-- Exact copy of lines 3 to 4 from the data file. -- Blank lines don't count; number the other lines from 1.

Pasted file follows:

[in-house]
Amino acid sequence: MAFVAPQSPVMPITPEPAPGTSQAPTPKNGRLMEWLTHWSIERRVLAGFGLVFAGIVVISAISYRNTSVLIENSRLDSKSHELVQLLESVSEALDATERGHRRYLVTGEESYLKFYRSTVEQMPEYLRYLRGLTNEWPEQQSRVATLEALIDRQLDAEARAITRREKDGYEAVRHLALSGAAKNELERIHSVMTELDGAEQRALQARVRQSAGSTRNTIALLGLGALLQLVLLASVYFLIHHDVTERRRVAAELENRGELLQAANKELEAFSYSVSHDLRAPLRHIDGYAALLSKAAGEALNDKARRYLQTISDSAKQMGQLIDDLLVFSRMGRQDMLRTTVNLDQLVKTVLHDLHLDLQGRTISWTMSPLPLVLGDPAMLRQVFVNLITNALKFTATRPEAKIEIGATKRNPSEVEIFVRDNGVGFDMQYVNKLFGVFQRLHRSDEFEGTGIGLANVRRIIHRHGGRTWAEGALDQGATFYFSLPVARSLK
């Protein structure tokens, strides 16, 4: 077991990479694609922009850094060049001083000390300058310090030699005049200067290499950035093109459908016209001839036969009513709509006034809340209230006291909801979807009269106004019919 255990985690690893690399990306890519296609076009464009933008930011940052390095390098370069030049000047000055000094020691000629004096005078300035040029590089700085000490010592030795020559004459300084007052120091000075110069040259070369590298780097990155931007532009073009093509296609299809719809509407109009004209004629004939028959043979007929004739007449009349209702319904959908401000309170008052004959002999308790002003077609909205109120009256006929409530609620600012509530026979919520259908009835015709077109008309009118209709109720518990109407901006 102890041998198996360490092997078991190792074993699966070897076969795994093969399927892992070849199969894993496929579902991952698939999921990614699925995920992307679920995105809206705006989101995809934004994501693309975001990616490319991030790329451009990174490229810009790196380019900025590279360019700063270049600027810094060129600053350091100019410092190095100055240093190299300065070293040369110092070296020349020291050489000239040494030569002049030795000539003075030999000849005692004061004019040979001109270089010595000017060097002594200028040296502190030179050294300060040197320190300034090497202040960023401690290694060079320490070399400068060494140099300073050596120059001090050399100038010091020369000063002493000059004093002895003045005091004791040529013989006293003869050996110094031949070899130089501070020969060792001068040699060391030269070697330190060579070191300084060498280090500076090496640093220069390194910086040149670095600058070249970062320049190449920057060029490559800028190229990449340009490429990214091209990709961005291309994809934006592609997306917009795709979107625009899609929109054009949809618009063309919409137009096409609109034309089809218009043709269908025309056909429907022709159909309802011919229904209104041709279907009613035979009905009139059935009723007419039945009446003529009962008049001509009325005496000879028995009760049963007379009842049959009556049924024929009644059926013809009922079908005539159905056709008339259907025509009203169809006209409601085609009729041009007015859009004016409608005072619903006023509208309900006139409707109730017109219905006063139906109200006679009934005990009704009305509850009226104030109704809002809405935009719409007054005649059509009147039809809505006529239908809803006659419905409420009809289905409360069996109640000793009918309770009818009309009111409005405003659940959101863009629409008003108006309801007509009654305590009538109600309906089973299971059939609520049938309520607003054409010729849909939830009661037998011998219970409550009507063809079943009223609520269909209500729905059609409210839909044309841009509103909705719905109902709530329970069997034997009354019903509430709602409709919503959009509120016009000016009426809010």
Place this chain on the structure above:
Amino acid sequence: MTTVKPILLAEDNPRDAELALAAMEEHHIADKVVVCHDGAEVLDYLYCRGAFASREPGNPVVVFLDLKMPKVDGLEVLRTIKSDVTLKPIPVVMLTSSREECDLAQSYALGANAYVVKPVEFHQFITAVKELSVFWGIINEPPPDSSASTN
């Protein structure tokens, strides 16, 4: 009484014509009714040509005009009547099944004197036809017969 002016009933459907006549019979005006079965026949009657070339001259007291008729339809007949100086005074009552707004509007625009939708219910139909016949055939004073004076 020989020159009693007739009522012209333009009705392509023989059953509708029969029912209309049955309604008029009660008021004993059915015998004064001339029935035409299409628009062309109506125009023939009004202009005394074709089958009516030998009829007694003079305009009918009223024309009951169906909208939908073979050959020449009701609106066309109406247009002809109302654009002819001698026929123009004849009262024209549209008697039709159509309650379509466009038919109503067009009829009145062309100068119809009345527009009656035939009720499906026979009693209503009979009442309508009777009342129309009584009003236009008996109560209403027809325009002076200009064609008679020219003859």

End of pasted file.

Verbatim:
């Protein structure tokens, strides 16, 4: 077991990479694609922009850094060049001083000390300058310090030699005049200067290499950035093109459908016209001839036969009513709509006034809340209230006291909801979807009269106004019919 255990985690690893690399990306890519296609076009464009933008930011940052390095390098370069030049000047000055000094020691000629004096005078300035040029590089700085000490010592030795020559004459300084007052120091000075110069040259070369590298780097990155931007532009073009093509296609299809719809509407109009004209004629004939028959043979007929004739007449009349209702319904959908401000309170008052004959002999308790002003077609909205109120009256006929409530609620600012509530026979919520259908009835015709077109008309009118209709109720518990109407901006 102890041998198996360490092997078991190792074993699966070897076969795994093969399927892992070849199969894993496929579902991952698939999921990614699925995920992307679920995105809206705006989101995809934004994501693309975001990616490319991030790329451009990174490229810009790196380019900025590279360019700063270049600027810094060129600053350091100019410092190095100055240093190299300065070293040369110092070296020349020291050489000239040494030569002049030795000539003075030999000849005692004061004019040979001109270089010595000017060097002594200028040296502190030179050294300060040197320190300034090497202040960023401690290694060079320490070399400068060494140099300073050596120059001090050399100038010091020369000063002493000059004093002895003045005091004791040529013989006293003869050996110094031949070899130089501070020969060792001068040699060391030269070697330190060579070191300084060498280090500076090496640093220069390194910086040149670095600058070249970062320049190449920057060029490559800028190229990449340009490429990214091209990709961005291309994809934006592609997306917009795709979107625009899609929109054009949809618009063309919409137009096409609109034309089809218009043709269908025309056909429907022709159909309802011919229904209104041709279907009613035979009905009139059935009723007419039945009446003529009962008049001509009325005496000879028995009760049963007379009842049959009556049924024929009644059926013809009922079908005539159905056709008339259907025509009203169809006209409601085609009729041009007015859009004016409608005072619903006023509208309900006139409707109730017109219905006063139906109200006679009934005990009704009305509850009226104030109704809002809405935009719409007054005649059509009147039809809505006529239908809803006659419905409420009809289905409360069996109640000793009918309770009818009309009111409005405003659940959101863009629409008003108006309801007509009654305590009538109600309906089973299971059939609520049938309520607003054409010729849909939830009661037998011998219970409550009507063809079943009223609520269909209500729905059609409210839909044309841009509103909705719905109902709530329970069997034997009354019903509430709602409709919503959009509120016009000016009426809010």
Place this chain on the structure above: